It doesn't mean I have mellowed somewhat and now agree, or simply accept, Boileau-Narcejac's condemnation of most of the traditional detective story in the name of realism and psychology or their assertion that the genre cannot reach the level of 'high literature' because the characters are not free to act out of... character rather than contrivances of the plot. That struck and still strikes me as pretty conservative a view of fiction and 'literature'. Also, their treatment of the hard-boiled school is rather one-sided. Yet there are some interesting insights to be found as well, and you just can't hate people so fond of R. Austin Freeman.

Boileau-Narcejac's most important point in my view is the one they make in their conclusion:

"It has been believed that mystery fiction was an evolving genre, because it has successively taken on many different forms. This was seen as progress, while in fact it was merely the flowering of the many natural variations of the genre. But assuming there is actually progress inherent it, can mystery fiction handle further metamorphoses? That is the question many critics ask: whither now? Where is mystery fiction going? It is going nowhere. It is an apple-tree which gives a great variety of fruit, but those fruits are still apples nevertheless."

This was a minority view back then, and even more so today. Historians of the genre from Howard Haycraft on have always had a finalistic view of its 'evolution' with mystery fiction 'growing' over the years to finally find its definitive, mature form - usually the one the author sympathizes most with. The aforementioned Bloody Murder is a good example of that approach. Symons has no doubt that his beloved 'crime novel' is the logical outcome of the long process started by Poe in 1841 and is thus in some different ontological league than, say, cosies or adventure stories. A consequence of such a view is the failure to contextualize and treat other approaches with equal respect. Haycraft for instance criticized Doyle for not playing fair, not taking into account that 'fair play' was not a issue back then. In the same way, Symons blamed Golden Agers for their unwilling to tackle social issues or get deeper in characterization, never explaining why they had to in the first place.

But facts don't support that beautiful tale. Mystery fiction has refined, updated its ways over one century and a half; some rules once regarded as paramount have been softened or abandoned; Barbara Vine doesn't write like Mary Elizabeth Braddon, nor Ian Rankin like Fergus Hume. But it doesn't mean the genre is different, that it has changed. All the subgenres we know - from the amateur detective to hard-edged noir through police procedural and gothic suspense - and their sets of themes and conventions were already there or in germ by the early twentieth century and have remained pretty much the same ever since. Worse, most authors thought to have "transcended" the genre actually transcended little or nothing at all, for the only way to "transcend" mystery fiction, to move beyond its natural borders, is... leaving it, as Boileau-Narcejac repeatedly point out. Conversely, people like Georges Simenon or Patricia Highsmith who really pushed the envelope, never really regarded themselves as belonging to the genre despite warm support from the fandom. If we are to seek for a genre in perpetual evolution and progress, then maybe science-fiction would be a better pick.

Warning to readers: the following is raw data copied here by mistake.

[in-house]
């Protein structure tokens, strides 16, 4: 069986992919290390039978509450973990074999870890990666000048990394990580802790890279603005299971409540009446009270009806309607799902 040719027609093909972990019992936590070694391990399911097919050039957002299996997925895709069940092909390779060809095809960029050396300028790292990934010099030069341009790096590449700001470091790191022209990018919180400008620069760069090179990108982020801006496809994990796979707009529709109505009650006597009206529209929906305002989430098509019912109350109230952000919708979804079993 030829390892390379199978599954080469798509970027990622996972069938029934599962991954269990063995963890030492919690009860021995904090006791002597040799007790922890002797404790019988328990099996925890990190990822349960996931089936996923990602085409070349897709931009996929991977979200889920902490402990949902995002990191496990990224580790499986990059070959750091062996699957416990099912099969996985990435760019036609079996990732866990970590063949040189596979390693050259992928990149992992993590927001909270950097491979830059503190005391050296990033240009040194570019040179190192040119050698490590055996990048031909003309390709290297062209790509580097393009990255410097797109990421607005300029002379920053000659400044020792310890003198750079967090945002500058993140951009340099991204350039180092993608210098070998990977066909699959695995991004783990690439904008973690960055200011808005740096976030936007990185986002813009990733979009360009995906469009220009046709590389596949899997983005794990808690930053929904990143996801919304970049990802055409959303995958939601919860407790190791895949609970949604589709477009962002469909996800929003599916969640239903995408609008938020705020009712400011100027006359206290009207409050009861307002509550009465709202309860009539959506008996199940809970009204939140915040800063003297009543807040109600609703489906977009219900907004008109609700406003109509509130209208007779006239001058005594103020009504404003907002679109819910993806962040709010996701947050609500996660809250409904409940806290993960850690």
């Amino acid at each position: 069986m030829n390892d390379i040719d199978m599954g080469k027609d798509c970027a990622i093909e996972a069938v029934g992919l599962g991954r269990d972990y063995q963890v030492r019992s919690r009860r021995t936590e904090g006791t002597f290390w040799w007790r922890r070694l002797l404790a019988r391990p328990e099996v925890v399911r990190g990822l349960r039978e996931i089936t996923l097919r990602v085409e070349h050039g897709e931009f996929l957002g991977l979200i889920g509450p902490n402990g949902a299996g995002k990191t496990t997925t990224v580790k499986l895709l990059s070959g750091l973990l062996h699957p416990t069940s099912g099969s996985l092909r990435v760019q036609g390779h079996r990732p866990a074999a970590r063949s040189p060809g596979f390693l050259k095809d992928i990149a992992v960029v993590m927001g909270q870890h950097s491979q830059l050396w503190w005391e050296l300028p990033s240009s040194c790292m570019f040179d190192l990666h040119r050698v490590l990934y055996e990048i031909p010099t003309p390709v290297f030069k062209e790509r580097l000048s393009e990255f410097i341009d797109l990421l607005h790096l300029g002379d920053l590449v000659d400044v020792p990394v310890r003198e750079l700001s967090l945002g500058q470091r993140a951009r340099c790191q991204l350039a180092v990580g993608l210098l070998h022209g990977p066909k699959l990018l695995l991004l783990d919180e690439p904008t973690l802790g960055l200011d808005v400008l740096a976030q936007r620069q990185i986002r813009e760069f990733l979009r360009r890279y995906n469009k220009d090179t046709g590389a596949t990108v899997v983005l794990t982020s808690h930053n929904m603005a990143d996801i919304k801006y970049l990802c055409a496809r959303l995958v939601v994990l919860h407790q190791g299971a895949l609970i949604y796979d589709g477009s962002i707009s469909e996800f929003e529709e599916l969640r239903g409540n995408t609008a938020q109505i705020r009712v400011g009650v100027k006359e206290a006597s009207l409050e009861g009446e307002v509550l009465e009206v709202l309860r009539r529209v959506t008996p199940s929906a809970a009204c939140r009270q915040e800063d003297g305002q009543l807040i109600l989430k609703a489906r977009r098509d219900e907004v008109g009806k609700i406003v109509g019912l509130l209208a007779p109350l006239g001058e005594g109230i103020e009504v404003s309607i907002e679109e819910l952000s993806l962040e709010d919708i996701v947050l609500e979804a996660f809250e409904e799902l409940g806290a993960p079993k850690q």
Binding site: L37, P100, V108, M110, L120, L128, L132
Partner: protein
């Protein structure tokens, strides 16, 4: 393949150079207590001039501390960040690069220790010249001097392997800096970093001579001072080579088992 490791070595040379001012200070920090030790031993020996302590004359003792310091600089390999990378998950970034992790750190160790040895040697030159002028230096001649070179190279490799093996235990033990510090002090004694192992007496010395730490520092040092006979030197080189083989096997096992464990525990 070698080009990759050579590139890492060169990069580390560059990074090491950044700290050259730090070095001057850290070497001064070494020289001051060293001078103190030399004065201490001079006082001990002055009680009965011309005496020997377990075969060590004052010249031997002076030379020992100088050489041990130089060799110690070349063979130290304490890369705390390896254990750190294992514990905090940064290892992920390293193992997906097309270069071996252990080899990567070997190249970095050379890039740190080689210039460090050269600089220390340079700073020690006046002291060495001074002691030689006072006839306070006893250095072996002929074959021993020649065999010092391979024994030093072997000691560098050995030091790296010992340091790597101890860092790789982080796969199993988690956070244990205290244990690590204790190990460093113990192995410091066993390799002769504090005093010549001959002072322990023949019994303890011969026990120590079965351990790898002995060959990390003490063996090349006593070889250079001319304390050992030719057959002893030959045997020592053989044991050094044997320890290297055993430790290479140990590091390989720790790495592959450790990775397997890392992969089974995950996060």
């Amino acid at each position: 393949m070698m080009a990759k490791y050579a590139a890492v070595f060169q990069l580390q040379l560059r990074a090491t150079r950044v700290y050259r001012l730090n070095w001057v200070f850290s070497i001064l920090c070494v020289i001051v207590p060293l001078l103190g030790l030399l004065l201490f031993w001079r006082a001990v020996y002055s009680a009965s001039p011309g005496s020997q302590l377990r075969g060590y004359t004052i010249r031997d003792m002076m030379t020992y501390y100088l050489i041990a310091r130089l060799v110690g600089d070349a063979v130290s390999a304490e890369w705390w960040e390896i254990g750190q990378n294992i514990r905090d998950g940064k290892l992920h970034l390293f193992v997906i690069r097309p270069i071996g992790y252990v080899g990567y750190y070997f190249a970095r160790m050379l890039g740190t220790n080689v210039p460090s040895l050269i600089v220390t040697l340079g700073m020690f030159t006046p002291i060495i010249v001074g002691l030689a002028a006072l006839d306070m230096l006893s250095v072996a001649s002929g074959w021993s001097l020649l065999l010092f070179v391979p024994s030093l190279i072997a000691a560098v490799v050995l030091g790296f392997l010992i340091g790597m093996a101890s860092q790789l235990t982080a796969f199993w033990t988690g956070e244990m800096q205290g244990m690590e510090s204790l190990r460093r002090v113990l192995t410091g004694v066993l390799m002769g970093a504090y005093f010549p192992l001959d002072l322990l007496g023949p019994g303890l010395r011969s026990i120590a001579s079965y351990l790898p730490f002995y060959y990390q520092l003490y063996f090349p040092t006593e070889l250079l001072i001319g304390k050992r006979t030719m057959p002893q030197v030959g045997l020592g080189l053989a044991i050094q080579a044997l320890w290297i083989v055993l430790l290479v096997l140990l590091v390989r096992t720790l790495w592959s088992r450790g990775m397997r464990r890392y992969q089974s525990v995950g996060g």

The finalistic-minded partly realize that, as they often complain about the rigidity of conventions and the difficulty (impossibility?) to get rid of them, blaming that state of affairs on the publishing industry which admittedly does nothing to promote works challenging the status quo. The problem, however, runs deeper. Mystery fiction is a static form, has always been and will always be. Some authors manage to make something individual out of it but never something new. We have to deal with it and remind ourselves that being both apples don't keep Granny Smith and Golden from having their own virtues.

Thanks to John Pugmire for his help.


Alan Grimes, Public Benefactor Number One

Though some efforts had been made in recent years, as evidenced by the international success of Fred Vargas, French mystery fiction remains little-known in the anglosphere except for a few household names such as Gaston Leroux, Maurice Leblanc or Georges Simenon - who was actually a Belgian. Only the die-hard francophile mystery buff has heard of René Reouven, Jacques Decrest, Stanislas-André Steeman (another Belgian) Louis C. Thomas, Jean-François Coatmeur, Noël Vindry, Georges-Jean Arnaud, Brice Pelman, Frédéric Dard or Gaston Boca. That's why fans should be grateful to hematologist-turned-translator Alan Grimes for finally introducing to English-speaking readers one of the greatest French mystery writers of all time, Pierre Véry.